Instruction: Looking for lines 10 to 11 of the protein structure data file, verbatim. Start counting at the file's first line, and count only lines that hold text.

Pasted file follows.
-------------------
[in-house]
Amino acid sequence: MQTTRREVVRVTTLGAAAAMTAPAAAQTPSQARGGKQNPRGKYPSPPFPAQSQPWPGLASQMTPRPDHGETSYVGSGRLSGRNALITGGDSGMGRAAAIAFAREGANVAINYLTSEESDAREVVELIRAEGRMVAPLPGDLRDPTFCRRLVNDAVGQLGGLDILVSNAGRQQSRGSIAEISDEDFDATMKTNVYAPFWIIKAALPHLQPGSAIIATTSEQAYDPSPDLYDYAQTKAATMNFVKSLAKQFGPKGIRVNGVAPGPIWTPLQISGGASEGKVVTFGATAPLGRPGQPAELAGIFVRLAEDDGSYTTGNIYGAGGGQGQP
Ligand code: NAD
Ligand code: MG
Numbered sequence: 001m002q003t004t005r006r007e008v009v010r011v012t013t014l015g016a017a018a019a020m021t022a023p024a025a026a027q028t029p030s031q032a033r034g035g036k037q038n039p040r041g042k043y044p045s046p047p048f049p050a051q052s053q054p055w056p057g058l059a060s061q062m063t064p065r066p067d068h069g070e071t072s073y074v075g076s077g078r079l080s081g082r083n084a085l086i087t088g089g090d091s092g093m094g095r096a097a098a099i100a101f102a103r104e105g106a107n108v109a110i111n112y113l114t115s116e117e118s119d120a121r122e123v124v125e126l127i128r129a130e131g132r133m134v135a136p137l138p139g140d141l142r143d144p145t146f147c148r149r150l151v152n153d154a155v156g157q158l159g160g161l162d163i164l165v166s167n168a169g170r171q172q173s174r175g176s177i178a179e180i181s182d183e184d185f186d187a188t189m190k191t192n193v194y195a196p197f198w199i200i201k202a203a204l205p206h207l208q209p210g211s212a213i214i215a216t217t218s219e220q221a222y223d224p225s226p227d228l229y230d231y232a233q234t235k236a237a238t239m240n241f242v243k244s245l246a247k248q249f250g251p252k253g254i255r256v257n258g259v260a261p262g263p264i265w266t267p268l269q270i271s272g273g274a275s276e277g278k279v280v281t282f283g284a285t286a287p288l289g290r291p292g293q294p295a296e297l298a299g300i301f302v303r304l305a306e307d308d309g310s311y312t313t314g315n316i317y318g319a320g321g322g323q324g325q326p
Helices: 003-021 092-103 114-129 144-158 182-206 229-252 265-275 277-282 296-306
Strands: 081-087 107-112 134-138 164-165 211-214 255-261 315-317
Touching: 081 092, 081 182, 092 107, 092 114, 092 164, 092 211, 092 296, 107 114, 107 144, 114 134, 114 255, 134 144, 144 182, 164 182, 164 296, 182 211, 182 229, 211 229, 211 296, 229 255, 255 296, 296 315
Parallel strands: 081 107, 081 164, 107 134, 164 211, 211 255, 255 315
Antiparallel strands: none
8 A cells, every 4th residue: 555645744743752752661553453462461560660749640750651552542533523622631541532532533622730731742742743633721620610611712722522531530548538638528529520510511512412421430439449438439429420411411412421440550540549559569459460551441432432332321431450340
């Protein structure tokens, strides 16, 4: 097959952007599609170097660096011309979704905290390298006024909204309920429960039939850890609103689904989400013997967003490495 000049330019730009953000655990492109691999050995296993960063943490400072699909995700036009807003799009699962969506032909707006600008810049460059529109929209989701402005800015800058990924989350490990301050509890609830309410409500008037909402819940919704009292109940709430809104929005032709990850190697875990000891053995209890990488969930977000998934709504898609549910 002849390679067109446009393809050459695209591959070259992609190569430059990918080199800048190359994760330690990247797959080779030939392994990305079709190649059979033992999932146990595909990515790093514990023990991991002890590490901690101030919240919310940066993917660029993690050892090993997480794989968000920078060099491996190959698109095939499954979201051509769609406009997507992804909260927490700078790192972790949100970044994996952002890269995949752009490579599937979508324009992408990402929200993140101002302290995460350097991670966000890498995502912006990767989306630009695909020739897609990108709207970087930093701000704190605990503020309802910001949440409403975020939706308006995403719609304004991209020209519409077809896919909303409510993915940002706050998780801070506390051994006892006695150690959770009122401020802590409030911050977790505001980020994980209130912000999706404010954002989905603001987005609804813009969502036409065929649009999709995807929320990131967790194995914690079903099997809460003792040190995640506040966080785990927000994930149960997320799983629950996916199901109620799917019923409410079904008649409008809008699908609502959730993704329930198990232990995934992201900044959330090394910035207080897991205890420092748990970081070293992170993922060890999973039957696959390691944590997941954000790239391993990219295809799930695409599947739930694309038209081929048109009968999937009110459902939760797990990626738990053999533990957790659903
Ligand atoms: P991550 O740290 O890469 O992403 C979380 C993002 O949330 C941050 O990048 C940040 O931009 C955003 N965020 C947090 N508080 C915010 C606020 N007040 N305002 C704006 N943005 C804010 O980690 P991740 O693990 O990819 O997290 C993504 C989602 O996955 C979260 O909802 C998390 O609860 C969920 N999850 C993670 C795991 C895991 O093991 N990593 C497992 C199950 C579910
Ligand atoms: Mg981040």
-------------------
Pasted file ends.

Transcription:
Antiparallel strands: none
8 A cells, every 4th residue: 555645744743752752661553453462461560660749640750651552542533523622631541532532533622730731742742743633721620610611712722522531530548538638528529520510511512412421430439449438439429420411411412421440550540549559569459460551441432432332321431450340